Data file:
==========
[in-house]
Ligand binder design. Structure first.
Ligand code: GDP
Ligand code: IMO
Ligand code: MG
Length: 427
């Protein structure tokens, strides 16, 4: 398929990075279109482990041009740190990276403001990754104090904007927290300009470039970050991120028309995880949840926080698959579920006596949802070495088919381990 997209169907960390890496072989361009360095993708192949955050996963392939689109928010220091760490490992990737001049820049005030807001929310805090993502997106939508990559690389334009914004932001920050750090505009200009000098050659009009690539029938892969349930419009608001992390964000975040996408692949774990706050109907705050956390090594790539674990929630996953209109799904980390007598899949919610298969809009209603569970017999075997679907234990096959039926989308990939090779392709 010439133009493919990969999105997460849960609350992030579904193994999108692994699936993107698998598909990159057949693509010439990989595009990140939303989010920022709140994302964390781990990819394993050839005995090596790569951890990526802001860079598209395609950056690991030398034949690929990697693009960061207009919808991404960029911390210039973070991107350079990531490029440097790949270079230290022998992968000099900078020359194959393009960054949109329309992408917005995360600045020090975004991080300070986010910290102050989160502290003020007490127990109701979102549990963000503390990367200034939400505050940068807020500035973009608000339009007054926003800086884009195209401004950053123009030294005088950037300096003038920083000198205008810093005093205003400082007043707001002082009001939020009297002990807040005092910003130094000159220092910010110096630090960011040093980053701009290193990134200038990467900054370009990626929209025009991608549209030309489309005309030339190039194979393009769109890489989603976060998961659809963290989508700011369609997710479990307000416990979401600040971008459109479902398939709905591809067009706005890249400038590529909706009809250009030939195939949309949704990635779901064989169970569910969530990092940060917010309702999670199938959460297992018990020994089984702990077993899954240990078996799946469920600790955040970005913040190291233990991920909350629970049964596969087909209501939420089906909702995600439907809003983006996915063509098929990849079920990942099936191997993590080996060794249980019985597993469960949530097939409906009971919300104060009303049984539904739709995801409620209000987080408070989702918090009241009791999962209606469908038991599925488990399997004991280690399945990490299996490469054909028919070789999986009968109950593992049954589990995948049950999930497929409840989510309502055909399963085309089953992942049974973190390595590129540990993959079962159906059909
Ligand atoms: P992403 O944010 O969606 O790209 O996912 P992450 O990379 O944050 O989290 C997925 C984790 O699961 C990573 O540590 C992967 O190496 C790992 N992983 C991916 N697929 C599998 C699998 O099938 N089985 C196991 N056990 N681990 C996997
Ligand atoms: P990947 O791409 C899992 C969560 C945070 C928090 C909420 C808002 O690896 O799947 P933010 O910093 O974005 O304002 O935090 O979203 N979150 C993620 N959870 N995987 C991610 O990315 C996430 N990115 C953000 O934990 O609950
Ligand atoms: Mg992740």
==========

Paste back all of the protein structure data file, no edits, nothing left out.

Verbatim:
[in-house]
Ligand binder design. Structure first.
Ligand code: GDP
Ligand code: IMO
Ligand code: MG
Length: 427
């Protein structure tokens, strides 16, 4: 398929990075279109482990041009740190990276403001990754104090904007927290300009470039970050991120028309995880949840926080698959579920006596949802070495088919381990 997209169907960390890496072989361009360095993708192949955050996963392939689109928010220091760490490992990737001049820049005030807001929310805090993502997106939508990559690389334009914004932001920050750090505009200009000098050659009009690539029938892969349930419009608001992390964000975040996408692949774990706050109907705050956390090594790539674990929630996953209109799904980390007598899949919610298969809009209603569970017999075997679907234990096959039926989308990939090779392709 010439133009493919990969999105997460849960609350992030579904193994999108692994699936993107698998598909990159057949693509010439990989595009990140939303989010920022709140994302964390781990990819394993050839005995090596790569951890990526802001860079598209395609950056690991030398034949690929990697693009960061207009919808991404960029911390210039973070991107350079990531490029440097790949270079230290022998992968000099900078020359194959393009960054949109329309992408917005995360600045020090975004991080300070986010910290102050989160502290003020007490127990109701979102549990963000503390990367200034939400505050940068807020500035973009608000339009007054926003800086884009195209401004950053123009030294005088950037300096003038920083000198205008810093005093205003400082007043707001002082009001939020009297002990807040005092910003130094000159220092910010110096630090960011040093980053701009290193990134200038990467900054370009990626929209025009991608549209030309489309005309030339190039194979393009769109890489989603976060998961659809963290989508700011369609997710479990307000416990979401600040971008459109479902398939709905591809067009706005890249400038590529909706009809250009030939195939949309949704990635779901064989169970569910969530990092940060917010309702999670199938959460297992018990020994089984702990077993899954240990078996799946469920600790955040970005913040190291233990991920909350629970049964596969087909209501939420089906909702995600439907809003983006996915063509098929990849079920990942099936191997993590080996060794249980019985597993469960949530097939409906009971919300104060009303049984539904739709995801409620209000987080408070989702918090009241009791999962209606469908038991599925488990399997004991280690399945990490299996490469054909028919070789999986009968109950593992049954589990995948049950999930497929409840989510309502055909399963085309089953992942049974973190390595590129540990993959079962159906059909
Ligand atoms: P992403 O944010 O969606 O790209 O996912 P992450 O990379 O944050 O989290 C997925 C984790 O699961 C990573 O540590 C992967 O190496 C790992 N992983 C991916 N697929 C599998 C699998 O099938 N089985 C196991 N056990 N681990 C996997
Ligand atoms: P990947 O791409 C899992 C969560 C945070 C928090 C909420 C808002 O690896 O799947 P933010 O910093 O974005 O304002 O935090 O979203 N979150 C993620 N959870 N995987 C991610 O990315 C996430 N990115 C953000 O934990 O609950
Ligand atoms: Mg992740």